Mark Banschick

The psychology of hate

Today’s news brings us tragedy — and rage. Who hasn’t been triggered by the week’s events?  Who can’t identify with our precious boys, brutally taken? Or with their anguished parents? Israelis and Palestinians are  both peoples of trauma, and here we go again. There are triggers in the psyche, triggers in events, and triggers in the streets.

I fear, to paraphrase William Butler Yeats, that our center may not hold.

Governments must take action, not vigilantes or hateful mobs. In this blog I ask us all to step back slightly and take a breath.

In the midst of rage it’s wise to remember that, like love, hate carries great power. We lost three beautiful souls, Eyal, Gil-ad and Naftali; all three to hate. Soon we’ll find out more about another soul, Mohammad Hussein Abu Khdeir, whose life ended without mercy. We pray that it was not a Jewish perpetrator. .

So what is the lesson of hate? Here we look to the great psychoanalyst, Melanie Klein, who taught us about projective identification. If someone hates you enough, he challenges you to hate him back. You don’t start out that way. But, over time his hatred of you seeps in. He projects hate onto you and you own it, and soon, identify with it. Before you know it, you become the embodiment of the hatred that your accuser projected on to you. Maybe it started with him hating you, but soon you begin to hate as well. Your accuser then says, “You see, I knew you hated me.”

And, the sad thing is that now you do.

This happens in horrific divorce cases. I see it all the time in my work as an advocate for the children of divorce. But, the dynamics of projective identification can also work between peoples. We don’t want to hate the Palestinians. It is not who we are or hope to be. Yet, there are Palestinians whose hatred of us brought a terrible crime into this world.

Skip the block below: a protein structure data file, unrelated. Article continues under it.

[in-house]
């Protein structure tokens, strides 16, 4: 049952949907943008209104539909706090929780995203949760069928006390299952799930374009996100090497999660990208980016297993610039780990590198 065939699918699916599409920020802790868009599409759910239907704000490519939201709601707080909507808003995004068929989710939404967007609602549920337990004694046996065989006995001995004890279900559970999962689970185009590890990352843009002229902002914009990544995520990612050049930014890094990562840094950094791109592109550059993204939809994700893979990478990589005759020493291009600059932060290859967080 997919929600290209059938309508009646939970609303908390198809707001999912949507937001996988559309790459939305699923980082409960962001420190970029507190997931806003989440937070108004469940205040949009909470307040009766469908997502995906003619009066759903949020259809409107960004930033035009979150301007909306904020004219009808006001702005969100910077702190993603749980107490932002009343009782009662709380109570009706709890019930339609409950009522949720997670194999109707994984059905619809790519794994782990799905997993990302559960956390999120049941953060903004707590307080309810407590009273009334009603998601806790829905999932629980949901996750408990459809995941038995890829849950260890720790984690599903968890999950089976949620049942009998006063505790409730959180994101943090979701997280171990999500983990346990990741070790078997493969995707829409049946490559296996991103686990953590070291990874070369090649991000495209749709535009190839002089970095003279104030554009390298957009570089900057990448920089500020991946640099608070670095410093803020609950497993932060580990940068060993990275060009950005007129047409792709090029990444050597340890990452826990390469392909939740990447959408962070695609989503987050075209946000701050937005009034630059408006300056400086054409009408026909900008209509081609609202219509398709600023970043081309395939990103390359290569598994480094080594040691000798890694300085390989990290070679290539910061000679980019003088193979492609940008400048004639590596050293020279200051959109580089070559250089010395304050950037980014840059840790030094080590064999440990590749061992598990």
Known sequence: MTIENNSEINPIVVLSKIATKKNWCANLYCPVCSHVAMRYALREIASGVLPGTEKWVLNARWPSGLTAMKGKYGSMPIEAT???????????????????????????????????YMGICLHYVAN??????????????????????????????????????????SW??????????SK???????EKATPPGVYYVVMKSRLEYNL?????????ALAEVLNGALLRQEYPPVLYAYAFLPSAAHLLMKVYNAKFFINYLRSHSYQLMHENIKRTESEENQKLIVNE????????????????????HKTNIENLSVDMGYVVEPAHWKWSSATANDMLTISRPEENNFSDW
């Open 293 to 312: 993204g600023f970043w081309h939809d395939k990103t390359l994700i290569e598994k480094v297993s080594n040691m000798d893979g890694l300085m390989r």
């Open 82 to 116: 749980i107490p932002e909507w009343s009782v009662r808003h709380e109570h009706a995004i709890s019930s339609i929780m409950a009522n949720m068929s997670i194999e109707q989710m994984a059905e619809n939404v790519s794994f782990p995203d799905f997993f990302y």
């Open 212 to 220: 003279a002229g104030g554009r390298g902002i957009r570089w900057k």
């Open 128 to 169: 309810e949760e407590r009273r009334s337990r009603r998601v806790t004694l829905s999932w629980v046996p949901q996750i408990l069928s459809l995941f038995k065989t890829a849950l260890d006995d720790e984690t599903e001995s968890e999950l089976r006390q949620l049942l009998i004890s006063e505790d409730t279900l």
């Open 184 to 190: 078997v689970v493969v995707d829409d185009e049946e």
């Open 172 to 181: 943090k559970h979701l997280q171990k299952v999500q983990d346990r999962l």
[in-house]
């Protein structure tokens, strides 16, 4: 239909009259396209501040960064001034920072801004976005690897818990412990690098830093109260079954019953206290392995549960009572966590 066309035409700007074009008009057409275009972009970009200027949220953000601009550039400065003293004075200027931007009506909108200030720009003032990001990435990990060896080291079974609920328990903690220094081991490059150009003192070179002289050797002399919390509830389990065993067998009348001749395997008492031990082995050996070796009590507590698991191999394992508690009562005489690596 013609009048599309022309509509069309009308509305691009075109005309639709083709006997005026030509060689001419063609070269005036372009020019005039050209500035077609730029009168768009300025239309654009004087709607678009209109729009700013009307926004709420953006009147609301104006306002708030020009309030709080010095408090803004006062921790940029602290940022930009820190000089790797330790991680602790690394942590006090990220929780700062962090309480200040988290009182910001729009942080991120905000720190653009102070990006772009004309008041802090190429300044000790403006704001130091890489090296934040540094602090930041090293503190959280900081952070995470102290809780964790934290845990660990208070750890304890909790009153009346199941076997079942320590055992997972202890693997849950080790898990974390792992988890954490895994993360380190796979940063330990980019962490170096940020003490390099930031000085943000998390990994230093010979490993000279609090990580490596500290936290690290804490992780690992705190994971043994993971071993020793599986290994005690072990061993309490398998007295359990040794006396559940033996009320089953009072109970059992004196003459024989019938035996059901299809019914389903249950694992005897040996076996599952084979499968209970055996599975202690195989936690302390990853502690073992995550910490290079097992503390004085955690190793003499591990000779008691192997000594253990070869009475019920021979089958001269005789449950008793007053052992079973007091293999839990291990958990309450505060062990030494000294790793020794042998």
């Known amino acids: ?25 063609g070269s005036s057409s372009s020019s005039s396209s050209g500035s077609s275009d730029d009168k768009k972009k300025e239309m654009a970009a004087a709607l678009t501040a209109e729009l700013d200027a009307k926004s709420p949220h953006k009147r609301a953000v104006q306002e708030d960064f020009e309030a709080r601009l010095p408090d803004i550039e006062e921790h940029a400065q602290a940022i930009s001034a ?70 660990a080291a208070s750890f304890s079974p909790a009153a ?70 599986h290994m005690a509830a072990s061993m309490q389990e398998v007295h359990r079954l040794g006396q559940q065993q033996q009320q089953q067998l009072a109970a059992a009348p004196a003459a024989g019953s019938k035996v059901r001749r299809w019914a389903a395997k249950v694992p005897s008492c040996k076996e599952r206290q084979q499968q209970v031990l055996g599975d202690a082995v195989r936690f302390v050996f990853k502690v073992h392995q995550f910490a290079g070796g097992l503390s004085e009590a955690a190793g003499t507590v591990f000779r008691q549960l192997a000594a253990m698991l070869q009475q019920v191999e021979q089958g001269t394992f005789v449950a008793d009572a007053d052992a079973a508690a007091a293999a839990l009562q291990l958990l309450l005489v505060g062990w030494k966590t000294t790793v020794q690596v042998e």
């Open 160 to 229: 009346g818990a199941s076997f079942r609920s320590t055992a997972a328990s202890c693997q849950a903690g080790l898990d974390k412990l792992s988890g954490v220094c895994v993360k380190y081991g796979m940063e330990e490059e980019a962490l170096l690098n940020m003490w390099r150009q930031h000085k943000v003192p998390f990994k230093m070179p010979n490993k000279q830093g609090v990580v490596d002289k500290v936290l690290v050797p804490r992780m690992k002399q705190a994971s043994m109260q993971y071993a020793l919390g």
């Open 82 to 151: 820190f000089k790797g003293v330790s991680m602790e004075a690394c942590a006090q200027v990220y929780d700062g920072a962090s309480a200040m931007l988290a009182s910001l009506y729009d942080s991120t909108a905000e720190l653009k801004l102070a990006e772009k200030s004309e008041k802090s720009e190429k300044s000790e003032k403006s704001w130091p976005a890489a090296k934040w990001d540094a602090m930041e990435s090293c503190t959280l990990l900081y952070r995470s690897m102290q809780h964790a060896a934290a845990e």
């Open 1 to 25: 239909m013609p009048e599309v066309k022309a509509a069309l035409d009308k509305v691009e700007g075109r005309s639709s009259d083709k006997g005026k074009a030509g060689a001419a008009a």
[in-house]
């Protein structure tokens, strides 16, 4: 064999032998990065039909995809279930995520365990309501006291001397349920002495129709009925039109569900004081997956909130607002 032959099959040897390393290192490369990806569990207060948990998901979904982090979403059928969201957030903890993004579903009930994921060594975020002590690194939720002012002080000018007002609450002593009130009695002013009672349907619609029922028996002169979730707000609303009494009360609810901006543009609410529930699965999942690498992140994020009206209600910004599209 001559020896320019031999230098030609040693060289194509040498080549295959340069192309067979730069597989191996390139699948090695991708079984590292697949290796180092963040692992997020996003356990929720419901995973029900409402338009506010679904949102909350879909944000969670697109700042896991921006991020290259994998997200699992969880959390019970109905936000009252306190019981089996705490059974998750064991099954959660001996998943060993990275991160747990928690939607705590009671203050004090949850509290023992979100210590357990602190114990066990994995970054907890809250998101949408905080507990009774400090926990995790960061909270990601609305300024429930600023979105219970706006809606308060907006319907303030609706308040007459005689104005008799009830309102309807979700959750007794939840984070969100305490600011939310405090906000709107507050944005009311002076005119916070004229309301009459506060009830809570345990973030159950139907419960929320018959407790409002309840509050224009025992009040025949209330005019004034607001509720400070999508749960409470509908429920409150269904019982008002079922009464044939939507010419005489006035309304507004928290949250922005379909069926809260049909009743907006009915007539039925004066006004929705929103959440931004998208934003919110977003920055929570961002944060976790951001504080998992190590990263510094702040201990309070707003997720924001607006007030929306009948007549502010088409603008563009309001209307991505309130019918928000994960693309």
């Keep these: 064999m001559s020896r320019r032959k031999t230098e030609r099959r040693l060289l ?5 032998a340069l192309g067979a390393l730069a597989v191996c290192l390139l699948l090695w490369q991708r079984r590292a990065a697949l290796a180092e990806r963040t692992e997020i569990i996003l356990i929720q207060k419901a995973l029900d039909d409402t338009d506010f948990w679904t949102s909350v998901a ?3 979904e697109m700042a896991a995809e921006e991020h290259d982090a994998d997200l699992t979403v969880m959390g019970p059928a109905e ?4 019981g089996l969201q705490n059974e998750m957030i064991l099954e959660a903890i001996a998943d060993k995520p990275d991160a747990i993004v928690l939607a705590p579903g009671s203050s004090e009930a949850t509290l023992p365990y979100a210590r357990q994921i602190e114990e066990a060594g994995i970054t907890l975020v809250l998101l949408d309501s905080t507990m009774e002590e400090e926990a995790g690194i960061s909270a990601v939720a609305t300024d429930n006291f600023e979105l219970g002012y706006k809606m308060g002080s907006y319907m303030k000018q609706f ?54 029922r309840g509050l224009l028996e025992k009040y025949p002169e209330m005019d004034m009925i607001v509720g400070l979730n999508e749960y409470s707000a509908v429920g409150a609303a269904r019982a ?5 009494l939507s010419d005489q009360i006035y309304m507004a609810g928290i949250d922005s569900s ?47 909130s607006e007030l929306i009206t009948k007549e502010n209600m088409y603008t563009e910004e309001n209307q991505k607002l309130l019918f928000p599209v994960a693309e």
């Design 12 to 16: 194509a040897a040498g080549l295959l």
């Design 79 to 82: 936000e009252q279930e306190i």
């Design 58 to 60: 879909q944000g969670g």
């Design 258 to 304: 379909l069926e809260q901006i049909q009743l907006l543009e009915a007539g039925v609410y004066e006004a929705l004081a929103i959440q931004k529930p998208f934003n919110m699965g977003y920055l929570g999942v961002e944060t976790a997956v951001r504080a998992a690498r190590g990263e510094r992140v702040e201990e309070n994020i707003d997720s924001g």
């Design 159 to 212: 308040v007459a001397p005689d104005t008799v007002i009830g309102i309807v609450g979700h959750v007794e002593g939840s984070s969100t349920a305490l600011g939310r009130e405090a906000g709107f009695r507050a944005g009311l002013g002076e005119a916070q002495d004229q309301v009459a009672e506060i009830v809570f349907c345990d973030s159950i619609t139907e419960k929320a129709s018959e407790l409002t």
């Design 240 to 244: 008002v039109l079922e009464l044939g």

We in turn are triggered to seethe in hate as well.

Just know that it is not wise to have someone else be the author of your life story. Some Palestinians clearly hate us. (And there are those among us who hate them.) They believe that they are the aggrieved party in our mutual conflict, and have mutated Palestinian grievance into a form of sickness. Do we want to participate in their drama? Do we need to hate?

Maybe today, yes. But, let us breathe deep and remember who we are and who we want to be. Let the simple power of pure hate not win this day. Let governments, not vigilantes decide what’s next. The coming days will bring more violence – and more hurt. Whatever we do, let our actions be thoughtful, tough, but prudent. And, just maybe, let there be a moment for true leaders, both Palestinian and Israeli, to pull us back from the brink.

We can hate for a moment. Who doesn’t want justice?

But, let’s wait a beat and then decide how best to proceed.

What we do now will count for some time to come.

About the Author
Dr. Mark Banschick is a co-founder of Alums for Campus Fairness (ACF), a partner with StandWithUs. He completed his medical degree at Tel Aviv University, followed by specialty training at Georgetown and New York-Presbyterian Hospitals. He is the author of The Intelligent Divorce book series (yes, an oxymoron) and writes regularly for Psychology Today. Mark practices child, adolescent and adult psychiatry in Katonah, New York. Divorce Website: www.TheIntelligentDivorce.Com ACF Website:
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